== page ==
Charity careers and recruitment: from nervous wreck to interview guru

As the recession intensifies competition in the jobs market, Gordon Carson asks some experts in charity recruitment for their top tips on interviewing and being interviewed

Interview illustration
Interview illustration


- Preparing for an interview

"It is the people who have clearly prepared for the interview and can demonstrate a good understanding of our work and key priorities who are most likely to succeed." - John Ellis, deputy director for volunteering, Barnardo's

"Find out whether the interview will be based on your CV or the application form. Look at the way you've behaved in certain situations in the past as an indication of how you might behave in the role. And have some questions of your own ready." - Rebecca Clarke, adviser, organisation and resourcing, Chartered Institute of Personnel and Development

- Personal presentation and interview body language

"Dress to match the professional standards of the workplace. Arrive early for your interview to settle in and do a final run-through of your script. During your interview, control stress by taking deep breaths." - Andrea Heffernan, HR manager, Rainbow Trust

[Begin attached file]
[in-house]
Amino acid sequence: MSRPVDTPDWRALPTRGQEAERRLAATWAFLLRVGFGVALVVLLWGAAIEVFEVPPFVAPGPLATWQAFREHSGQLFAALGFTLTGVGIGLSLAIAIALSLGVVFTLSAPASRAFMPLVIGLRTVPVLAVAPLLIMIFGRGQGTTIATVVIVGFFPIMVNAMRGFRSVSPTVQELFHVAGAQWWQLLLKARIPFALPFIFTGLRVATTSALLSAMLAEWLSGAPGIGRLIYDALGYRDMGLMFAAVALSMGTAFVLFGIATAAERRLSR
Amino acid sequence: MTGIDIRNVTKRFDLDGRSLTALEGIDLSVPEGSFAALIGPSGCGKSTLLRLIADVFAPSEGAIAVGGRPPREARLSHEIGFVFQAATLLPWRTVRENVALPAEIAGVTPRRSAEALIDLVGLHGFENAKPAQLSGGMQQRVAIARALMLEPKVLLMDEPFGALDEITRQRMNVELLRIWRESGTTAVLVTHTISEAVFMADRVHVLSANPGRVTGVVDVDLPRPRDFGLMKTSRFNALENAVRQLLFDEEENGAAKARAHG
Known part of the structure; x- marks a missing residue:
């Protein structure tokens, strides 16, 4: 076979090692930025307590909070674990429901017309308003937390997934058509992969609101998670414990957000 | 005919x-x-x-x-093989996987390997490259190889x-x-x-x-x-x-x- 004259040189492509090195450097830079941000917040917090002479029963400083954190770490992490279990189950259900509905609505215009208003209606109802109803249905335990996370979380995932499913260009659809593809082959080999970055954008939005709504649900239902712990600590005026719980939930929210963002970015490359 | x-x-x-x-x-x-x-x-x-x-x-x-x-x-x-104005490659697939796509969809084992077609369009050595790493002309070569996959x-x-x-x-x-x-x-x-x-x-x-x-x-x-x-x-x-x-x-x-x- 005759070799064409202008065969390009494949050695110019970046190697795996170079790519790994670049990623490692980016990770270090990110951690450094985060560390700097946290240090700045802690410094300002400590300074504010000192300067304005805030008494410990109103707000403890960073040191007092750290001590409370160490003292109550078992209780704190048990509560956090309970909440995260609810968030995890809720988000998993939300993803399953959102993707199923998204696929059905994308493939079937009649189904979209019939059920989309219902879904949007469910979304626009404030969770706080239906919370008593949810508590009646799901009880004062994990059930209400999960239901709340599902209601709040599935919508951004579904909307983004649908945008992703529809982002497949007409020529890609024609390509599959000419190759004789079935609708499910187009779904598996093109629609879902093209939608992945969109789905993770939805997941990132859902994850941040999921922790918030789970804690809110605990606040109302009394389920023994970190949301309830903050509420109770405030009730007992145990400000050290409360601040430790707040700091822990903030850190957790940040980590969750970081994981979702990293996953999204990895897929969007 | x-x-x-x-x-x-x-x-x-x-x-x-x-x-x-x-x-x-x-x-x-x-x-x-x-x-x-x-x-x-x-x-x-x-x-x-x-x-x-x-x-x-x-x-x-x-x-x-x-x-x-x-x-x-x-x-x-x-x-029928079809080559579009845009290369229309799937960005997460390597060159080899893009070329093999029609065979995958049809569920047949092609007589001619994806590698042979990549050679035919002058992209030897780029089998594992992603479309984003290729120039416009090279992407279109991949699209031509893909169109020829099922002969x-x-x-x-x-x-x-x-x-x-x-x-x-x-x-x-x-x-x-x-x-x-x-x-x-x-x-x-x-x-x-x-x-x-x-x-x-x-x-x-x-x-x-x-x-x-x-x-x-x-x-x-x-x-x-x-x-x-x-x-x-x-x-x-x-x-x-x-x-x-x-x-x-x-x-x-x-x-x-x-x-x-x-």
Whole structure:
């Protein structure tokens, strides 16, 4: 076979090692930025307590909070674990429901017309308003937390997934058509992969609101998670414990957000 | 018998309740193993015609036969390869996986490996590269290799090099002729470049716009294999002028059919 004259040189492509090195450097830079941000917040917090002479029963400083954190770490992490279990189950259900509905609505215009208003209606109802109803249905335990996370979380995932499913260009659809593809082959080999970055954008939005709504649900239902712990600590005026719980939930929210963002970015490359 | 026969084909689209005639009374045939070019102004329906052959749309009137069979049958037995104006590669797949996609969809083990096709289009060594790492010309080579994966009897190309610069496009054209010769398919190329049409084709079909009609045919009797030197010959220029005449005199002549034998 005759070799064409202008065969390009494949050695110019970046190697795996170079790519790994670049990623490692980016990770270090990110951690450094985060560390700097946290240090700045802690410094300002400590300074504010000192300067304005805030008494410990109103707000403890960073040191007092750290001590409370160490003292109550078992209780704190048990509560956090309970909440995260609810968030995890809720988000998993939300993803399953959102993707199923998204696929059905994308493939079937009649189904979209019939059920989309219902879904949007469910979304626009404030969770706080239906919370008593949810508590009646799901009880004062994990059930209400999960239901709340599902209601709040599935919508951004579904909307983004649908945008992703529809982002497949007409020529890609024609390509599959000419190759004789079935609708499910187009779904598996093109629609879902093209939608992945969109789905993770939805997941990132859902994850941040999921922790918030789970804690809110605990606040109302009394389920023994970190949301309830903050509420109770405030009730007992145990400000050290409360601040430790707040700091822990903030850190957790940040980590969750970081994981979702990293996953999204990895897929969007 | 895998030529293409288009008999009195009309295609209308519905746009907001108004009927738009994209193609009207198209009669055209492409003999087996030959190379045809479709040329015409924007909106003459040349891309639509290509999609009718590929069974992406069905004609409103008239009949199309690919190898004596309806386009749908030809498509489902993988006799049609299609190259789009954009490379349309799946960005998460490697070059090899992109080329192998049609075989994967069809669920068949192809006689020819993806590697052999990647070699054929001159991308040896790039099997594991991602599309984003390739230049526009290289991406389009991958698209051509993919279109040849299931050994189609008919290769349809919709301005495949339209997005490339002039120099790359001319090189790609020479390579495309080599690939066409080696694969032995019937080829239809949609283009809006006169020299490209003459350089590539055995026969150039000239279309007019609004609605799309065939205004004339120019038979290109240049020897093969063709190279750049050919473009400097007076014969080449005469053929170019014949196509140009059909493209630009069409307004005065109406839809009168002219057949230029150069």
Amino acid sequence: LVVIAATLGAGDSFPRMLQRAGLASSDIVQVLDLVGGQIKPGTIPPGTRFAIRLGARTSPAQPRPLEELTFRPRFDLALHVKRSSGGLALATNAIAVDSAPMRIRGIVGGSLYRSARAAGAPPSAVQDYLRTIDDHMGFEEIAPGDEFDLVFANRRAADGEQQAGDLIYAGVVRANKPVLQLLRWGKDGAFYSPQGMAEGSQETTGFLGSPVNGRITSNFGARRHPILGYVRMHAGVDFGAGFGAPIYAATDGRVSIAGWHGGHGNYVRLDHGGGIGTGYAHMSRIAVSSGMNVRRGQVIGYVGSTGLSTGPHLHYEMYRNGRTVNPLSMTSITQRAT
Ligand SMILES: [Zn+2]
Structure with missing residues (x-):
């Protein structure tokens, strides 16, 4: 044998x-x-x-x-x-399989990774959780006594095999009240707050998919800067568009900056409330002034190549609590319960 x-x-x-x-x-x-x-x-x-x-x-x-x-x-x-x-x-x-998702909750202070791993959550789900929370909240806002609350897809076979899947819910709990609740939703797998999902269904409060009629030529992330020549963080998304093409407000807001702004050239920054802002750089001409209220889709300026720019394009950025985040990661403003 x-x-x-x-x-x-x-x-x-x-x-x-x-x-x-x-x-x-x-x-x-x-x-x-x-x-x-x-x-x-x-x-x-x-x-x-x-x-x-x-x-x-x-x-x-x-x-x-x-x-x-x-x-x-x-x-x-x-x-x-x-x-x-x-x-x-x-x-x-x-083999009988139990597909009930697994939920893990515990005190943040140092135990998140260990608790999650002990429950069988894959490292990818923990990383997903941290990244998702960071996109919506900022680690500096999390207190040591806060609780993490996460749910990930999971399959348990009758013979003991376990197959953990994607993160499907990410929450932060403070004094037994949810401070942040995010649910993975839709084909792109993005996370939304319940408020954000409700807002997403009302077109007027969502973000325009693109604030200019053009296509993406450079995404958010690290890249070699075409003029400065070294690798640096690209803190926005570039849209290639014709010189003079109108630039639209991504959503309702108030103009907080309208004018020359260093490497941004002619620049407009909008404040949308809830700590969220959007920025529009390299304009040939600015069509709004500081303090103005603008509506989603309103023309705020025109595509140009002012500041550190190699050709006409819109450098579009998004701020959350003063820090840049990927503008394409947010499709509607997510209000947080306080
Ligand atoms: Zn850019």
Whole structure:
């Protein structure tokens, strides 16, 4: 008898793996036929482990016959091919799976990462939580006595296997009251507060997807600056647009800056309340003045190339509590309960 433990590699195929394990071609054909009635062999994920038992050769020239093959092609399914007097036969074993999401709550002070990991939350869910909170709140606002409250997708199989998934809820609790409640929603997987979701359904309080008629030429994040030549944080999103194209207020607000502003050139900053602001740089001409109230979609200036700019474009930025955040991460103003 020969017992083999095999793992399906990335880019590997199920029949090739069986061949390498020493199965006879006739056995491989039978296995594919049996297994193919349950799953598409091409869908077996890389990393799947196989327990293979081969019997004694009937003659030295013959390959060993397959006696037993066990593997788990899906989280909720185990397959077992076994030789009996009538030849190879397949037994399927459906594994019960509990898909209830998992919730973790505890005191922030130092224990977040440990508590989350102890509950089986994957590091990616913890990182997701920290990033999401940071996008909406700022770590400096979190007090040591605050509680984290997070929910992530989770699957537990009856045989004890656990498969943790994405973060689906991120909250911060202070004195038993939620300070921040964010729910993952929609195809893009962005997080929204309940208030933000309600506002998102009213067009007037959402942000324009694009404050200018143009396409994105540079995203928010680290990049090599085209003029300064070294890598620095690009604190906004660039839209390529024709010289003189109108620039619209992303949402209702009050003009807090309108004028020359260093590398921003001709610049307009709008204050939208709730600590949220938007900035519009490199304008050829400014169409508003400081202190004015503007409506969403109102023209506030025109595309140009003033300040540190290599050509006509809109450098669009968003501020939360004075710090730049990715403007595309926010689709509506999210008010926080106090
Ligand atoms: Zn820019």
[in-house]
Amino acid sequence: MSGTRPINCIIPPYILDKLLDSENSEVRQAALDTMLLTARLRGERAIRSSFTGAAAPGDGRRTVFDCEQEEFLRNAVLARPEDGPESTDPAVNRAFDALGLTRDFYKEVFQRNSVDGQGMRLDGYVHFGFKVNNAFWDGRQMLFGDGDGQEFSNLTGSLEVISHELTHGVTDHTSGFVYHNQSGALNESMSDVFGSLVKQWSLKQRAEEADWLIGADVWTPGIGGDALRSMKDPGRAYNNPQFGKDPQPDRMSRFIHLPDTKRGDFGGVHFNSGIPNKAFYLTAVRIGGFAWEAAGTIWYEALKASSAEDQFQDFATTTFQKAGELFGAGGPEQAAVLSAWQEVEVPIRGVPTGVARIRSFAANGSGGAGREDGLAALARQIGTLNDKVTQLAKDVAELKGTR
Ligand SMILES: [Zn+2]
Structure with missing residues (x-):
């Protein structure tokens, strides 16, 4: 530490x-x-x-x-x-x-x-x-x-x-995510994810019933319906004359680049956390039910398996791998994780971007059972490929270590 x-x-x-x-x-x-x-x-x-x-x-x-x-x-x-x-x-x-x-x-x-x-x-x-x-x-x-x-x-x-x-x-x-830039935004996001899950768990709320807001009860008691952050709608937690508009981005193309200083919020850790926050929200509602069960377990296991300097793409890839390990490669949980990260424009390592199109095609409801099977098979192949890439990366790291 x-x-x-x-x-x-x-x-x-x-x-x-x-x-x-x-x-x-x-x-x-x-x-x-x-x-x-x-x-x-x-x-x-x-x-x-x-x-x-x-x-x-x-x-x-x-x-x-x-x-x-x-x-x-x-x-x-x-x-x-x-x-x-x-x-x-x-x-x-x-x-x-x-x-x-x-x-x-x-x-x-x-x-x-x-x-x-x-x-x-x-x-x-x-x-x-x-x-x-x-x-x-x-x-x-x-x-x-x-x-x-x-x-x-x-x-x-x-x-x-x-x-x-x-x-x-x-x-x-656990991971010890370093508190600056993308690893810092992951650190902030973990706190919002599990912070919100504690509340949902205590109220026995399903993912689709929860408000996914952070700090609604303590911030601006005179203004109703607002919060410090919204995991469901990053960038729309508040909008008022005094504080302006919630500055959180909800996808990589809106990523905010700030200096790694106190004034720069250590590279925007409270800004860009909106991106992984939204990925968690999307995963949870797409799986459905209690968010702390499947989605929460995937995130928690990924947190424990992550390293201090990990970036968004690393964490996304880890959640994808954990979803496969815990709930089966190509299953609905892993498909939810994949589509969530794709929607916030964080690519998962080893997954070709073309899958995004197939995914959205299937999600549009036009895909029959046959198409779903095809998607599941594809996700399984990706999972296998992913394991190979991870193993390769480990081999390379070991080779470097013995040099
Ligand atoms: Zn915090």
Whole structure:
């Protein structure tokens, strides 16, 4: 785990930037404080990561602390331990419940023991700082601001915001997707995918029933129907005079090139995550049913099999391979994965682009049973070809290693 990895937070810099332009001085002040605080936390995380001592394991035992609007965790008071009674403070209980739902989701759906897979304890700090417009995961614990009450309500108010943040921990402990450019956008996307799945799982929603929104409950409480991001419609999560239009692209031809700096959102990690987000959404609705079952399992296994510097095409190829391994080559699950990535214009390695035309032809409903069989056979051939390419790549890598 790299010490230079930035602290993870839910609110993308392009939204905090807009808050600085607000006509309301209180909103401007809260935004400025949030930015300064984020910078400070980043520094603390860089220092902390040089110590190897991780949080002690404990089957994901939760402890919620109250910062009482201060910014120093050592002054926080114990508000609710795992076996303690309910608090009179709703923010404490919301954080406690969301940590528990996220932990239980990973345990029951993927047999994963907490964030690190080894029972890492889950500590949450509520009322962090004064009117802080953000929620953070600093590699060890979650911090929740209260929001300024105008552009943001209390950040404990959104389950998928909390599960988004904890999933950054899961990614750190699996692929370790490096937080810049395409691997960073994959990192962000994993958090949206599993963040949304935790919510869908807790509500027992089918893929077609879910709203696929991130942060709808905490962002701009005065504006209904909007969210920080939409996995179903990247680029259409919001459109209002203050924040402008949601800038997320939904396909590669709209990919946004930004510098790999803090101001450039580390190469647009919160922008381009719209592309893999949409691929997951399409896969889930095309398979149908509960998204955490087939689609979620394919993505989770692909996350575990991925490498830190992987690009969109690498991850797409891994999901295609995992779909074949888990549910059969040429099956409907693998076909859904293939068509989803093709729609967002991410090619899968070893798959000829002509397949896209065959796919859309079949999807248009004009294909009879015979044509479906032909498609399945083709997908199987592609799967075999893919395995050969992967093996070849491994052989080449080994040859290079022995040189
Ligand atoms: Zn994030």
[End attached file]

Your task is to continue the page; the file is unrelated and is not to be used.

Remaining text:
"Look like you want the job. The interviewers are often as nervous as the candidate, so the sooner the interview becomes a conversation and allows you to shine, the better. Be positive in your body language, look them in the eye, give a firm handshake - and smile." - Matthew Page, head of human resources, Mind

- Dealing with interview nerves

"Take your coat off before you sit down. It's amazing how many people sit in an interview in their heavy coat, which immediately makes them feel awkward and uncomfortable. Make eye contact with the people who are interviewing you. If it's a panel interview, address all of them." - Rob Hayter, associate director, recruitment agency TPP